The observant amongst you may have noticed that my little blog is undergoing a bit of a facelift. Those who know where I live will recognise my home at the top of the page, beautifully drawn by Wendy Sefcik, whose website is credited lower down. A more stylish look to my page has been long overdue and as I began my third year of typing trivialities, I decided that I needed something that reflects a bit more of me than Blogger’s standard backgrounds. This, with Wendy’s help, I am on the way to achieving.

My home is the focus of this post in more ways than one as last night I attended my first Neighbourhood Watch meeting. I live on a wide and leafy road on which there nestle, in beautifully tended gardens, some gorgeous homes. Mine, as the illustration above shows is more modest, my garden more thrown together and containing more than its fair share of play equipment. The disadvantage of my road I decided, as I chatted to one of the few neighbours that I am on first name terms with, is that everyone is shut away behind their huge gates and we have very little community spirit. And so the Neighbourhood Watch scheme was born.

At the appointed hour I turned up with my best smile at the ready. I don’t mind admitting that I was nervous. It’s a long road and I wasn’t at all sure how many people I would recognise, let alone know. Actually, my nerves were wasted as I knew or knew of almost everyone. This is one of the joys of walking everywhere with a raggle taggle bunch of kids behind me. People notice me and generally pass the time of day.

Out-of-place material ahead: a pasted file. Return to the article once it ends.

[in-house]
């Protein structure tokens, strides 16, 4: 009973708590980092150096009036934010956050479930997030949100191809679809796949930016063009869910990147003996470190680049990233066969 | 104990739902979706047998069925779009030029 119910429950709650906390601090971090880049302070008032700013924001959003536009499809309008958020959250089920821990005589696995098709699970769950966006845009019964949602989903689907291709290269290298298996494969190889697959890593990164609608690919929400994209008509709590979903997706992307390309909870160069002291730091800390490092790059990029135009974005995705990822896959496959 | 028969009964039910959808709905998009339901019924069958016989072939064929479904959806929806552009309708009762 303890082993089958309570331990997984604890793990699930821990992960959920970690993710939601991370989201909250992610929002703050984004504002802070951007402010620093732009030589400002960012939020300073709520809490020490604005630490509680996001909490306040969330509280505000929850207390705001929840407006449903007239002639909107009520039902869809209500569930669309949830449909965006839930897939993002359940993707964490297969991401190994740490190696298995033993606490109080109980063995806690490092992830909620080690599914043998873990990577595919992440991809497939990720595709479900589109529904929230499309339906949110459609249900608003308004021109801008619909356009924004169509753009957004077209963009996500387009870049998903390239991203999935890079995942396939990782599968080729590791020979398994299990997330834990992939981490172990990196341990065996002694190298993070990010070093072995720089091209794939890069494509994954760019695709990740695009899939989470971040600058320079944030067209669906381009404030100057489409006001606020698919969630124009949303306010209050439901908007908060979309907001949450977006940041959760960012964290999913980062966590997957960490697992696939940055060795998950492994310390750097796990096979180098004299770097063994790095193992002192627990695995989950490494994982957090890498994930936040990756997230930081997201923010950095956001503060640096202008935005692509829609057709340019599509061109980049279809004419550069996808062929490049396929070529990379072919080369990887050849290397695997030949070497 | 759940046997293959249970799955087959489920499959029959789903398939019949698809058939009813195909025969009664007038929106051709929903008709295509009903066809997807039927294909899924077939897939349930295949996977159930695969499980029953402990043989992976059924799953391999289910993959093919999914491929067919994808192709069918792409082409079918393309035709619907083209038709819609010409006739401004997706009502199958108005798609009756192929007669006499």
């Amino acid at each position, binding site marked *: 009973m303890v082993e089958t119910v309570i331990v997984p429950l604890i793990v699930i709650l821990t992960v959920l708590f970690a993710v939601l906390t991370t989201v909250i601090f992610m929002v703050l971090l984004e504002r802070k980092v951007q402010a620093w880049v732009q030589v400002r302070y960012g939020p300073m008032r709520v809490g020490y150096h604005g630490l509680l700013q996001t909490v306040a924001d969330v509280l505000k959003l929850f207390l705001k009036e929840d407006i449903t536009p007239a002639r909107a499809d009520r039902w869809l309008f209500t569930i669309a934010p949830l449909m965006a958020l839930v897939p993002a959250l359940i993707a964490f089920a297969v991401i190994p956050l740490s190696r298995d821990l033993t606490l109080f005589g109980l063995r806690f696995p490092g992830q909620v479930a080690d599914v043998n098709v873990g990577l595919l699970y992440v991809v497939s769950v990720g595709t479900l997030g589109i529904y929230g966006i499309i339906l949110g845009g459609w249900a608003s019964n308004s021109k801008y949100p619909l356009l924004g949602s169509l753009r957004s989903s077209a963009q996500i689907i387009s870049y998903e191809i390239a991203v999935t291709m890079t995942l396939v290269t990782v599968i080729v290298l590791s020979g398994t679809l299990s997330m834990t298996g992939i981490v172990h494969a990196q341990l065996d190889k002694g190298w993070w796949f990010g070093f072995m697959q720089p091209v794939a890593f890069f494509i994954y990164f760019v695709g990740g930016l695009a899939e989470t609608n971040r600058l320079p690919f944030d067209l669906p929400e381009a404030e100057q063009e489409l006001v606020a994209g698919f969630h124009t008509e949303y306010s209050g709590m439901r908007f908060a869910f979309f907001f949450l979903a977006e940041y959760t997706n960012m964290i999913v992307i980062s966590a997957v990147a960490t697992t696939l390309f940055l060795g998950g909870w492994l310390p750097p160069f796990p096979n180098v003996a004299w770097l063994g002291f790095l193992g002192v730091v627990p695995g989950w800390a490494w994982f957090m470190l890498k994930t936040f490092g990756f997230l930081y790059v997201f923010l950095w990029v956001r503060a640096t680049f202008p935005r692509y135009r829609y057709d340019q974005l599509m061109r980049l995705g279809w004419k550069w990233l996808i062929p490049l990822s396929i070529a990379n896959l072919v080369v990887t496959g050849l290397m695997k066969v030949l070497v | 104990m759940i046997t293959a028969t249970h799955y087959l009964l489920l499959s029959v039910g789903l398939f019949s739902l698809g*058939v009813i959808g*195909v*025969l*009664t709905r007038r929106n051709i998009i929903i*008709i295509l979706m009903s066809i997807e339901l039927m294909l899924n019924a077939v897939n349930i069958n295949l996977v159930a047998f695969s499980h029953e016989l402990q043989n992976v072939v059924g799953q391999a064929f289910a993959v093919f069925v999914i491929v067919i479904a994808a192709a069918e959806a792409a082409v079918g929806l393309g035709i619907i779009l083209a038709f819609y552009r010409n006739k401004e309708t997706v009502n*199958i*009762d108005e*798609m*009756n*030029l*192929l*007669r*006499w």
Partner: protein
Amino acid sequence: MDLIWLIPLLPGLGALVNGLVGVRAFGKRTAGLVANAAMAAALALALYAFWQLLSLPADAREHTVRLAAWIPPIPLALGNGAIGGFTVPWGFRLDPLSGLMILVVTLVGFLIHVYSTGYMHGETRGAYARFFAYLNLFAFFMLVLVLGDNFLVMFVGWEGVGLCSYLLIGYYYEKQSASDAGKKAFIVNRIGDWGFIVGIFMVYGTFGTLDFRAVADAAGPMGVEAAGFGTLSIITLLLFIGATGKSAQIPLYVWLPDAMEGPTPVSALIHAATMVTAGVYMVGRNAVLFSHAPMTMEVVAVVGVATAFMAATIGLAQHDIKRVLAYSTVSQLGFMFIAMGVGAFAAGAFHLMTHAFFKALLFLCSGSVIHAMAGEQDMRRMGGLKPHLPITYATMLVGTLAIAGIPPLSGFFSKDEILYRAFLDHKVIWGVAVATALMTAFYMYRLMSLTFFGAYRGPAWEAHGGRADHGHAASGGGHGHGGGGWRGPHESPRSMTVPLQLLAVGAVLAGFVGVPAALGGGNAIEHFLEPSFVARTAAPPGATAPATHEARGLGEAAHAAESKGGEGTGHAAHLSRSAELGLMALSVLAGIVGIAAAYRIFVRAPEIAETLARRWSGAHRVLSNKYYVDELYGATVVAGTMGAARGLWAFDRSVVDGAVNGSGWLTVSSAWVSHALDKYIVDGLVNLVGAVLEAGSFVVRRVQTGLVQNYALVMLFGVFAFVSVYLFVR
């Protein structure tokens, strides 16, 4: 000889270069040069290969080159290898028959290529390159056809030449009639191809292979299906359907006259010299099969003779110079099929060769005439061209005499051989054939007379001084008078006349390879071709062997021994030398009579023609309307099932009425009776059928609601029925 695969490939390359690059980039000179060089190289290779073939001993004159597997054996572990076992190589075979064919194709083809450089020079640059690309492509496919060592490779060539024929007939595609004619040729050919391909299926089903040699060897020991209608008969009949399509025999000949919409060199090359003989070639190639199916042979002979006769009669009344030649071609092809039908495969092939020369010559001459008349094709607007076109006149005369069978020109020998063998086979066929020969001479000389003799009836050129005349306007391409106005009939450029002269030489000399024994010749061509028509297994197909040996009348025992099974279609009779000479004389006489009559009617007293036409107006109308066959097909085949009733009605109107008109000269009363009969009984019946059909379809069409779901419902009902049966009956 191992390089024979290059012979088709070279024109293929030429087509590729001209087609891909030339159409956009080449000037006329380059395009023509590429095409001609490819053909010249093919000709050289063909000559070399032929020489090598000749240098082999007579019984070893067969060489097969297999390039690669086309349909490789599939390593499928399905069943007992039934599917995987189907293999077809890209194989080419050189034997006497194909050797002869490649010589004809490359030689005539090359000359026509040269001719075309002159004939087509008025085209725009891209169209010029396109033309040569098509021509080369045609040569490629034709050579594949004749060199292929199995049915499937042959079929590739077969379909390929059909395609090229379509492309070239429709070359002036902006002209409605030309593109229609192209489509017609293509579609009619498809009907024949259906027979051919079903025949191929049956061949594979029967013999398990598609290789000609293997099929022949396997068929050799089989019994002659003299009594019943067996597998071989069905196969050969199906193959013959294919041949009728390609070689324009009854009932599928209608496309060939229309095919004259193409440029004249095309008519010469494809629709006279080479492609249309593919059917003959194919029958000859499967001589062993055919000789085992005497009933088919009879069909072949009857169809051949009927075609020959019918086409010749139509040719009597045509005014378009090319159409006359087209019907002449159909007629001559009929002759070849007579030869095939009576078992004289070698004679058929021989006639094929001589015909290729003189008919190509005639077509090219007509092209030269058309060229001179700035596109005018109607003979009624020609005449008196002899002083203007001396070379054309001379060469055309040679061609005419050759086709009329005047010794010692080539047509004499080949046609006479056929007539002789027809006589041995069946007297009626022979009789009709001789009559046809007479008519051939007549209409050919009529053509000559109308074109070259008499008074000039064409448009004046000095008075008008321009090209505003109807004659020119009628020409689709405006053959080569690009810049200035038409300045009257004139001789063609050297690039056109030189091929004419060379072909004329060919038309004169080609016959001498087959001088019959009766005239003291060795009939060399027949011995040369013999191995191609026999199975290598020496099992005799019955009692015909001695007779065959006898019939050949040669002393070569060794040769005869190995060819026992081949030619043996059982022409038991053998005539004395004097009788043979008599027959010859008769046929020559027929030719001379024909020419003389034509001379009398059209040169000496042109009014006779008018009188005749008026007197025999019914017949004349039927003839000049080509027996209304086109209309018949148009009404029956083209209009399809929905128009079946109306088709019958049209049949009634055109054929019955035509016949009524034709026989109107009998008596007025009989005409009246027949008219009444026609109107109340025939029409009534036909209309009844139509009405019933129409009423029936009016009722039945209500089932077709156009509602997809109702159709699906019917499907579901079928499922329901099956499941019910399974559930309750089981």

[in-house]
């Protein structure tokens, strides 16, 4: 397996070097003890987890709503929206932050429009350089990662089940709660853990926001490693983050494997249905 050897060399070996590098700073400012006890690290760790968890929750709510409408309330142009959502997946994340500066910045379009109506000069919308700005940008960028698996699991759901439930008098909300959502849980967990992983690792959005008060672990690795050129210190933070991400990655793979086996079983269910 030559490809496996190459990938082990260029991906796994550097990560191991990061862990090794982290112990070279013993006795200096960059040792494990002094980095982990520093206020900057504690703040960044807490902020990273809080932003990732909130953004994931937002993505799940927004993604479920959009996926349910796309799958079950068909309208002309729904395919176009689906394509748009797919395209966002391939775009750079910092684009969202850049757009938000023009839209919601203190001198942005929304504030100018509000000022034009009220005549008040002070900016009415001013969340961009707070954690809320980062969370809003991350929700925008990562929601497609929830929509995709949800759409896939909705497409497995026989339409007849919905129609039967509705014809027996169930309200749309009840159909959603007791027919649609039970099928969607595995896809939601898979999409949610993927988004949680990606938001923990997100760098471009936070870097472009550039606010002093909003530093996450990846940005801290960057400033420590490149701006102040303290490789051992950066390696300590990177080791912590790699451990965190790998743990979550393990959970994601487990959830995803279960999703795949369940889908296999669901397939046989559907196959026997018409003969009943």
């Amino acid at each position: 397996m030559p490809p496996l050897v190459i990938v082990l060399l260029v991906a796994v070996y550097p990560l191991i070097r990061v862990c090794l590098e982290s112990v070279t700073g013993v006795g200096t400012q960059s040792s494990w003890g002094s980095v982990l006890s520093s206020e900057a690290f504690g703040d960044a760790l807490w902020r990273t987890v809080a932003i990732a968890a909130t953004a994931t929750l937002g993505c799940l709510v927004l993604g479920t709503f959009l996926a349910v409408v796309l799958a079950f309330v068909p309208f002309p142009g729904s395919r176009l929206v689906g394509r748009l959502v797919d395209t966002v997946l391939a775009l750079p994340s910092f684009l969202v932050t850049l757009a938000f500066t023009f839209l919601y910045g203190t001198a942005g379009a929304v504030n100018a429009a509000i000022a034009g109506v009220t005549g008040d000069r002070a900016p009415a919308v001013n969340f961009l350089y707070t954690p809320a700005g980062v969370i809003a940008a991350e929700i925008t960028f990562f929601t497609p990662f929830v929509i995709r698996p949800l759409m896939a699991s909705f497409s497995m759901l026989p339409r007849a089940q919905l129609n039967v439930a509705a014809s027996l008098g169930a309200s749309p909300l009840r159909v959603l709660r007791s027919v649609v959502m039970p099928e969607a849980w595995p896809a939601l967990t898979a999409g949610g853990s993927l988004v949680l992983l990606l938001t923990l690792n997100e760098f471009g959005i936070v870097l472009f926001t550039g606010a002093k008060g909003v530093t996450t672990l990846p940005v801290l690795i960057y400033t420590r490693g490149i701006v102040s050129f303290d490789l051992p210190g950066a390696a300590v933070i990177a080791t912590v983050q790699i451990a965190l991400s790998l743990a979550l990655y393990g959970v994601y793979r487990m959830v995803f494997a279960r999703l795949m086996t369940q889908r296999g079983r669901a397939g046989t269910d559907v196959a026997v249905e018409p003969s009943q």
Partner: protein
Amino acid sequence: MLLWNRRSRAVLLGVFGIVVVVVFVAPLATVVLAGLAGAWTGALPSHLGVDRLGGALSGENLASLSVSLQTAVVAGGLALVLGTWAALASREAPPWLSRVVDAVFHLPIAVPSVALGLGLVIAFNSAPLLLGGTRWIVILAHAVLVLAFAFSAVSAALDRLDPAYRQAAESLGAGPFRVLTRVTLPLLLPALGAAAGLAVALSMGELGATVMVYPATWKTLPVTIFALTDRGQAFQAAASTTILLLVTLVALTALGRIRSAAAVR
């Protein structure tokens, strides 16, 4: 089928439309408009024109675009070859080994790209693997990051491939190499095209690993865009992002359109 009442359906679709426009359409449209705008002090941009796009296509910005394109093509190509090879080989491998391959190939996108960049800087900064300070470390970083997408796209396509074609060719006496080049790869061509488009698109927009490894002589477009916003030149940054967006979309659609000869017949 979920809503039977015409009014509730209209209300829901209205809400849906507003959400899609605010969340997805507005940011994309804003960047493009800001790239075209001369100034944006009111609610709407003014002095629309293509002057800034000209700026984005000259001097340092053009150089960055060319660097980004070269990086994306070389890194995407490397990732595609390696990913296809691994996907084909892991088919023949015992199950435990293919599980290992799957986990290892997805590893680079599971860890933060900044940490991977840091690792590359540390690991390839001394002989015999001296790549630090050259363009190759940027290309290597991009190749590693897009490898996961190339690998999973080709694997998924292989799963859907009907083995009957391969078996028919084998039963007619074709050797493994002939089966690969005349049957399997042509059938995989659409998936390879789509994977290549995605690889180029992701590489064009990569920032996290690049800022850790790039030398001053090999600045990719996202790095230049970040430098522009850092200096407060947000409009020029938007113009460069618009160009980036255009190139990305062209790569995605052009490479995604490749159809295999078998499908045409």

The talk was led by the local coordinator who was friendly and helpful and told us what we needed to know and gave us freebies and by the end of the evening most people were chatting away as if they were at a party.

I have lived here for fourteen years and this was the first time that I had experienced anything even approximating community spirit. And yet it was so easy to achieve, people giving of themselves so readily. Even if the common denominator amongst us is the fear of a threat to our individual lives, at least we do now have some link. No doubt when we do see each other on the street we will now feel able to stop and have a chat even if the conversational opener is Ilkley’s latest crime figures.

I am left with the thought of how easy it is to invite people in to your lives and what a shame it is that it didn’t happen sooner. In our hectic and complicated existence, we often forget to make time for outsiders and I think that we are the poorer for it. I look forward to having some kind of relationship with my neighbours in the future. And who knows? Perhaps we’ll have a street party next!!